Just over a month ago Bernadette, a good blogging friend, died in Adelaide, Australia. I never knew Bernadette except in the virtual world of blogging. I never knew her last name was Bean until her passing. She was a fine blogger. No one was more candid in their assessments of books than Bernadette. She had some epic ranks about what she disliked though she was never personal in her thoughts. When she did like a book I took notice. The Dry by Jane Harper was a book she admired. As my personal form of tribute to Bernadette I am putting up her post below and adding my comments on the book and review in brackets.
****Jane Harper’s THE DRY is well named. The drought-ridden, stiffingly-hot town of Kiewarra and its surrounding farmland dominate the book. Remote. A small population; always someone you know nearby which can be a blessing and a curse. And the weather. Always the weather. Refusing, almost with intent, to give even a hint of relief from the heat and dryness and failing to provide the sustenance needed for the farming everyone relies on for their livelihoods. Their lives.
(Australians know heat. While we experience heat in Western Canada it can never compare to Australian heat. What I can relate to such heat is the equivalent pressure from the cold we live with in winter. Cruel winters with -40 sap energy and drive people inside but farmers with livestock must still work outdoors. Unless you have lived in rural country where heat or cold test residents it is hard to understand the stress of prolonged extreme temperatures. Harper vividly explores the consequences of devastating heat and drought.)
The story opens with an all-too imaginable scene of an apparent murder-suicide of a farming family in this inhospitable place. All dead except for baby Charlotte.
First on the scene, the flies swarmed contentedly in the heat as the blood pooled black over tiles and carpet. Outside, washing hung still on the rotary line, bone dry and stiff from the sun. A child’s scooter lay abandoned on the stepping stone path. Just one human heart beat within a kilometer radius of the farm.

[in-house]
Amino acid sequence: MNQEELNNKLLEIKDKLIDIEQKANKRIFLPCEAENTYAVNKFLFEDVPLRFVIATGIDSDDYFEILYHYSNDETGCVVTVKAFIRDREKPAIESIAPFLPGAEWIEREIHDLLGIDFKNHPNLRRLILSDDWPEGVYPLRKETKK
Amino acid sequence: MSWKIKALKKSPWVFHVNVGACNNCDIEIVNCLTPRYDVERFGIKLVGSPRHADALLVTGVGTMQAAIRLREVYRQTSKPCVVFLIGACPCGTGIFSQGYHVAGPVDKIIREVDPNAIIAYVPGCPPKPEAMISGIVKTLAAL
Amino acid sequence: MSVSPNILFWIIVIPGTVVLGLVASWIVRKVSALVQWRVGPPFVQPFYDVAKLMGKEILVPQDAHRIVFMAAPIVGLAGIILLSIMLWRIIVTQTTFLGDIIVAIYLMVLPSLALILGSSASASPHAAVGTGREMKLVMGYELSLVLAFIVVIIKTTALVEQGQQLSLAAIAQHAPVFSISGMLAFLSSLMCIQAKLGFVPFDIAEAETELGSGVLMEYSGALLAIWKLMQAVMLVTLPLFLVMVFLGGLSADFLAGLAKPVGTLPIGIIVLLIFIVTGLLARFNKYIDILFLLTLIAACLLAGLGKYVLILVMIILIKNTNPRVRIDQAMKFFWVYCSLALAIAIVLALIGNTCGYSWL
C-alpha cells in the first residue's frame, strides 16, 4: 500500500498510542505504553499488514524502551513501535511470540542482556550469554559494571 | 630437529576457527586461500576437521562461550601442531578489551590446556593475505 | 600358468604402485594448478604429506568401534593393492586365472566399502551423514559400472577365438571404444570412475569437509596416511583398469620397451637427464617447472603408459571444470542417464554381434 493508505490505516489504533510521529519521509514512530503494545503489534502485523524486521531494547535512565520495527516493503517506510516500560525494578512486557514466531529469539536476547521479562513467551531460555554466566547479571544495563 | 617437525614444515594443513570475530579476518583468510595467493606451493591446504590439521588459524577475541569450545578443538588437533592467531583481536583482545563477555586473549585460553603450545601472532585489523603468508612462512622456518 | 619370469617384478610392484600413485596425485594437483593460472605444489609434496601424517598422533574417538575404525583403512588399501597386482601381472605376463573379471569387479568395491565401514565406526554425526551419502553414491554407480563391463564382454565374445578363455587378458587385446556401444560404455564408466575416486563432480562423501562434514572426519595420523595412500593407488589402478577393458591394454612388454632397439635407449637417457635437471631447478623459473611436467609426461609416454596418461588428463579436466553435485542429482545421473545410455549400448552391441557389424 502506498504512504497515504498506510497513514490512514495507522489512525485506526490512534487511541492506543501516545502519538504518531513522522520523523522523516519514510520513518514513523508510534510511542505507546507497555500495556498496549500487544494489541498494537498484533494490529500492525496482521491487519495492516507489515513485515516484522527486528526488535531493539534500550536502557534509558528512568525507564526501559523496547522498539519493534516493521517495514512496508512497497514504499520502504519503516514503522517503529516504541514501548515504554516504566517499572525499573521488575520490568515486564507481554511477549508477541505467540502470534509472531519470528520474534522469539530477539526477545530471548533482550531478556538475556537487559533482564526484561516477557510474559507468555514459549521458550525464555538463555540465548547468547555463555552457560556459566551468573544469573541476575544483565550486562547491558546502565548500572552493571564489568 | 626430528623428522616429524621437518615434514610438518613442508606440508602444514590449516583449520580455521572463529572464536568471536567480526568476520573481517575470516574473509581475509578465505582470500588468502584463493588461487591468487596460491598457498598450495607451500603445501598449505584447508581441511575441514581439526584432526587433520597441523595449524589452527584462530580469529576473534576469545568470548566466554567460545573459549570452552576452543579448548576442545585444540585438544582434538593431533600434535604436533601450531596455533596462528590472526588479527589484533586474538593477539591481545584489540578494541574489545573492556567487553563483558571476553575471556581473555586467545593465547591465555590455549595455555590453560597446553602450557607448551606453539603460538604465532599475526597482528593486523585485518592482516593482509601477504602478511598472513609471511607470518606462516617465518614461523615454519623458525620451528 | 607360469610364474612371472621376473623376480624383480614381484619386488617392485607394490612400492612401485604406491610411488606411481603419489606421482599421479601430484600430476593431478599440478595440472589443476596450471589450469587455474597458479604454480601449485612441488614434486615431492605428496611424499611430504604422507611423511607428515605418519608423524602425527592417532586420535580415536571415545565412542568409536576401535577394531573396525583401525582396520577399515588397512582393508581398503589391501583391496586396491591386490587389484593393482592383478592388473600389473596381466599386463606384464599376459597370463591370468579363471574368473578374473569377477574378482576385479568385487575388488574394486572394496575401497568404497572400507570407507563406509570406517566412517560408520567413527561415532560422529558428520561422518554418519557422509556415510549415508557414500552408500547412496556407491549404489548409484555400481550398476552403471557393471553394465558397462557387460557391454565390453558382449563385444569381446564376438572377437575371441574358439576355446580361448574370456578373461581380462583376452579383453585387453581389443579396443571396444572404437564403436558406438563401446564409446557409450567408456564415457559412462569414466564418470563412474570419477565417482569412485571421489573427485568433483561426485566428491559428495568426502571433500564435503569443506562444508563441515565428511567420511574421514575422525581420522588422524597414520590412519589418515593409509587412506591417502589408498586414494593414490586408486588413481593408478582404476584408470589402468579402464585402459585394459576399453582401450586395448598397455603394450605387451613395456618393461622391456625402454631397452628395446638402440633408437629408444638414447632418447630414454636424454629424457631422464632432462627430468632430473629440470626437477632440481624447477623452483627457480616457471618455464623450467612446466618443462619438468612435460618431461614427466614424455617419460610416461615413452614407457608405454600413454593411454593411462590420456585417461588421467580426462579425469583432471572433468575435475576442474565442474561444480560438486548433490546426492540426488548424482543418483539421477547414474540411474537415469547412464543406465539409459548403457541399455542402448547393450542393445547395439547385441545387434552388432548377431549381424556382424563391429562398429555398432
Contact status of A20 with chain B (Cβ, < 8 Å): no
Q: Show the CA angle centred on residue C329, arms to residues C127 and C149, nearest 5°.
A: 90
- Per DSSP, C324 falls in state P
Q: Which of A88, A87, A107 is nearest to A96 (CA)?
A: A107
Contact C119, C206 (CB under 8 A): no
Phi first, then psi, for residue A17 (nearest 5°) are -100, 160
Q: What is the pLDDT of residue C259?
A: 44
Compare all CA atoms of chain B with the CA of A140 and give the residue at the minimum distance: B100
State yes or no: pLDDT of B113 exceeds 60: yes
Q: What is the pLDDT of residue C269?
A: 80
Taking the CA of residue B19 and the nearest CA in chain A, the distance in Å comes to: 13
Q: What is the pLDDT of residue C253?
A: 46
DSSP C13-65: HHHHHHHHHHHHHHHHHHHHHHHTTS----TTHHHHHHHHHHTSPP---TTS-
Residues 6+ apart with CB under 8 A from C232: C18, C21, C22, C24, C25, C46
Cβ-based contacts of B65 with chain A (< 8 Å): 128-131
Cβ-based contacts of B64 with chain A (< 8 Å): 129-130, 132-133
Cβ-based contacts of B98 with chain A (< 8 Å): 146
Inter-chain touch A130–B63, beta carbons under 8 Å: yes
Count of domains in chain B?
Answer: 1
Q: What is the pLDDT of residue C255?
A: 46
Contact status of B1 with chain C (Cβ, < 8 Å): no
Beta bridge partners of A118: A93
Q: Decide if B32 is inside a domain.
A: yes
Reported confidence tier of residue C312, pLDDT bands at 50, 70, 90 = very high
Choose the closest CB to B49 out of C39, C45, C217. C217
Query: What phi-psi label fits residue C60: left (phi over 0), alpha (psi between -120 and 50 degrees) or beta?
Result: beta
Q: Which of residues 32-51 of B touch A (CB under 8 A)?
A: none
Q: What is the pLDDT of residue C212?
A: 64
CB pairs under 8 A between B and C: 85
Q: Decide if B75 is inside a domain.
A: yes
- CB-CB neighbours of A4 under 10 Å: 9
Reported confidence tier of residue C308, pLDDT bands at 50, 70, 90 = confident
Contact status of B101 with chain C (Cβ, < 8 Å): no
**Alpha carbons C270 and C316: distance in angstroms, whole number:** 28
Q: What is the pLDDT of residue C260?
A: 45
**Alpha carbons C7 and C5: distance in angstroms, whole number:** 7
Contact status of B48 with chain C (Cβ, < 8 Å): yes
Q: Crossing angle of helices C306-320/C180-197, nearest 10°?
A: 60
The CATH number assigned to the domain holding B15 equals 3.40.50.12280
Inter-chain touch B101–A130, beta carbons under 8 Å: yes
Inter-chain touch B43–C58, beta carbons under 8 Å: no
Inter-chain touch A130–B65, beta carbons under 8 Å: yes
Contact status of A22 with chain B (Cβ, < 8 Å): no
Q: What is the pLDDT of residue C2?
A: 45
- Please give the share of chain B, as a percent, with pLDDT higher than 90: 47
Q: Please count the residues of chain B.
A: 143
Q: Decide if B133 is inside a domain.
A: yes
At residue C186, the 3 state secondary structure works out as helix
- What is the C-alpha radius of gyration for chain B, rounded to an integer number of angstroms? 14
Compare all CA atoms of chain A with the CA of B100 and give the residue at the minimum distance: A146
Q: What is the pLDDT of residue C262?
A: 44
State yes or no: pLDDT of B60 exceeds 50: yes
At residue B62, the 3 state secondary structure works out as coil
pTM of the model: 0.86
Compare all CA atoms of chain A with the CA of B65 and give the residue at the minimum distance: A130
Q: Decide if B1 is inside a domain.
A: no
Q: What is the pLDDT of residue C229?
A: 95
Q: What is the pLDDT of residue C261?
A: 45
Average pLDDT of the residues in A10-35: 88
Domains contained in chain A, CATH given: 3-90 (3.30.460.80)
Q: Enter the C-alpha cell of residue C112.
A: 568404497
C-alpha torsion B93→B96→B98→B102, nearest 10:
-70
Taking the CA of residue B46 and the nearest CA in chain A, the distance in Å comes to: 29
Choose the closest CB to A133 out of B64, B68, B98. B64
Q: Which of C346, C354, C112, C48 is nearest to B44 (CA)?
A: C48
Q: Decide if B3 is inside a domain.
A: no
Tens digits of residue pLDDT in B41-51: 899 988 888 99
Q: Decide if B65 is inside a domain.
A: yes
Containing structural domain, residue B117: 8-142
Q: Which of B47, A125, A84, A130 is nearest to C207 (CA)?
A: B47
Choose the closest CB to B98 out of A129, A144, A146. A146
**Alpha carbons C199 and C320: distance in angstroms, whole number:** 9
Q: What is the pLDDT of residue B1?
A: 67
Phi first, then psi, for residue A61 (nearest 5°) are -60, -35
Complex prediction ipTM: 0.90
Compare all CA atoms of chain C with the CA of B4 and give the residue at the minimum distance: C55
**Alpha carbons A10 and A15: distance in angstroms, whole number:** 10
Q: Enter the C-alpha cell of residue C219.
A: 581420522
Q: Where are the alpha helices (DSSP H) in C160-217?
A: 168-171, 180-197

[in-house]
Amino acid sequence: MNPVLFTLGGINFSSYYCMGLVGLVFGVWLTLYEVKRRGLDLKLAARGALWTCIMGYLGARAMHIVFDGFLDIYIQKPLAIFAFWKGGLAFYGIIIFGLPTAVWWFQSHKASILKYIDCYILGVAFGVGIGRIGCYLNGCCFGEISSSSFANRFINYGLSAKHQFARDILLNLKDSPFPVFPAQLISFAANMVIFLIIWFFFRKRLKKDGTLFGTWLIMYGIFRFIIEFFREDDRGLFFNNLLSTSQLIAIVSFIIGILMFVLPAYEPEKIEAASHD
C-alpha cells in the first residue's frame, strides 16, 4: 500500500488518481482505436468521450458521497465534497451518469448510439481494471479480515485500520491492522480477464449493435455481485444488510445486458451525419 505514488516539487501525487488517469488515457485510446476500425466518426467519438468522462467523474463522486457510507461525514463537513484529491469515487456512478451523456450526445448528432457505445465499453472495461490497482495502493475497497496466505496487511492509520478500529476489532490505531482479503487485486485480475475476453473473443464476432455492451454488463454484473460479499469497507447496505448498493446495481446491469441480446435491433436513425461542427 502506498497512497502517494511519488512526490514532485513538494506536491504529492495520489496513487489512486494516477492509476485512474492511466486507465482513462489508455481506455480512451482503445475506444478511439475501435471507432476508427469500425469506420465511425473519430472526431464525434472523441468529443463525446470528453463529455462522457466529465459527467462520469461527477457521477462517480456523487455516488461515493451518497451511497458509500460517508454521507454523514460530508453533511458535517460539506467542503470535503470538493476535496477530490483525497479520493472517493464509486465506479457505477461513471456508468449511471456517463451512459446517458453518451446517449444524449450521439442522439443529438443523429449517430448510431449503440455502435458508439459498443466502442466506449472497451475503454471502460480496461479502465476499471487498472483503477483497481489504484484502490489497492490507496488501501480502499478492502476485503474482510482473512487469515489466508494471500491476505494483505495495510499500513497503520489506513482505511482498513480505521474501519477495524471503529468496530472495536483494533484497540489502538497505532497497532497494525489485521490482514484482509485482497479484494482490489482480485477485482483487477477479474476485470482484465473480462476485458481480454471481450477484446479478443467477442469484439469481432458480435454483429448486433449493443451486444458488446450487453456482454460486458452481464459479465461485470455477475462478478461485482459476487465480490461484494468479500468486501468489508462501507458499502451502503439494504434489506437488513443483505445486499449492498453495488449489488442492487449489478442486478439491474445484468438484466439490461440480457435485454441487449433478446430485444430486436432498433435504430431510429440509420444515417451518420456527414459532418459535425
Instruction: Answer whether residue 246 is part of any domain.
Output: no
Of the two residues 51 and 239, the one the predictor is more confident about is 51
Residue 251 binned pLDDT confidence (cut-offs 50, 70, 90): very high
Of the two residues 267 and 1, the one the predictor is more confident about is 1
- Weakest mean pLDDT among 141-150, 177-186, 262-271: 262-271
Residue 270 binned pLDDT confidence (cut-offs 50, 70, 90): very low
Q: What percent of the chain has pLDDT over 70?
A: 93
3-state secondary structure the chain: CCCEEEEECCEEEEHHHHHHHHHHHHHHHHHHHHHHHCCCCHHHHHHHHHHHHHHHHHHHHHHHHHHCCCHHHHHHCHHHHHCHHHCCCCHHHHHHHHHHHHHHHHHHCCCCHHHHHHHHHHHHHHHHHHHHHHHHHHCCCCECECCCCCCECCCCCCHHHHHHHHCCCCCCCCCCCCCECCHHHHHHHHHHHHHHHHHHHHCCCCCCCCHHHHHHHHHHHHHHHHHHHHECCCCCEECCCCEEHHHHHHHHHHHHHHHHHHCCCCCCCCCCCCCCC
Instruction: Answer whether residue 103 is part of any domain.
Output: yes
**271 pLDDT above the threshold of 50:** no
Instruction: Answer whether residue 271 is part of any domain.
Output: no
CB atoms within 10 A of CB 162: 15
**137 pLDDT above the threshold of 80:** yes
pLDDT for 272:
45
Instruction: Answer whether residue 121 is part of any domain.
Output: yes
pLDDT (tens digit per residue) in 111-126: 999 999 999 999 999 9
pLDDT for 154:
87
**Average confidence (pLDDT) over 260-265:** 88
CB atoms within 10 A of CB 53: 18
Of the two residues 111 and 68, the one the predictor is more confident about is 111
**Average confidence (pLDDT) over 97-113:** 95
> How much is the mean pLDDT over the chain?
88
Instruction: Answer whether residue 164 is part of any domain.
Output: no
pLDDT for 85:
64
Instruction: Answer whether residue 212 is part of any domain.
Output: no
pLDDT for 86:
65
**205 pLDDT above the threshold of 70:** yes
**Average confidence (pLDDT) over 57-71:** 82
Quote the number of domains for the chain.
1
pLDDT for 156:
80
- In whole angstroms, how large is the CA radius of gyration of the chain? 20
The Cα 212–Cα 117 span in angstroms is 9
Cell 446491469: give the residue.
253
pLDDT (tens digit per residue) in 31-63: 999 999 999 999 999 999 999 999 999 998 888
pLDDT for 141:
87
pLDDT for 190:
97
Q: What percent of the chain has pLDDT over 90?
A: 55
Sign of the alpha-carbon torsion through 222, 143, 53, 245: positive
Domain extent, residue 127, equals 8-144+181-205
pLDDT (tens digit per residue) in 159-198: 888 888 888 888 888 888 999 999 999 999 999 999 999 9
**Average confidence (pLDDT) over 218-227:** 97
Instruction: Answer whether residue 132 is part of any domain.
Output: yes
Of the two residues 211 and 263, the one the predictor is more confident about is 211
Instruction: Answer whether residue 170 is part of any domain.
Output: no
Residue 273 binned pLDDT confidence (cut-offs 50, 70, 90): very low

(I found the imagery powerful. It is not often I shiver reading a passage but reading of the deaths of the family deeply affected me.)
We are drawn into the story of this place via Aaron Falk. Kiewarra has dominated his life too. He was born there but left as a teenager. Forced out. Literally. After one of his friends had died.
Officially she committed suicide but many locals think Aaron played a role in her death. Only something as dramatic as his best friend Luke Hadler’s funeral brings him back 20 years later, after he’s made a life for himself as a Federal police officer in Melbourne. Well that and a veiled threat.
(It is hard to create a realistic combination of past and present violent death that has a plausible connection. Harper does it very well. I was driven to read how the mysteries could be solved while maintaining the connection.)
Still Aaron plans to be in an out of town pretty quickly but Luke’s parents have other ideas. They don’t believe their son killed his wife, their son and himself. They want Aaron to prove it. Need him to prove it.
(It is clear that Aaron is motivated by guilt but what did he do 20 years ago for which he still feels guilt. Could it be that this honourable man has been a killer despite his protestations?)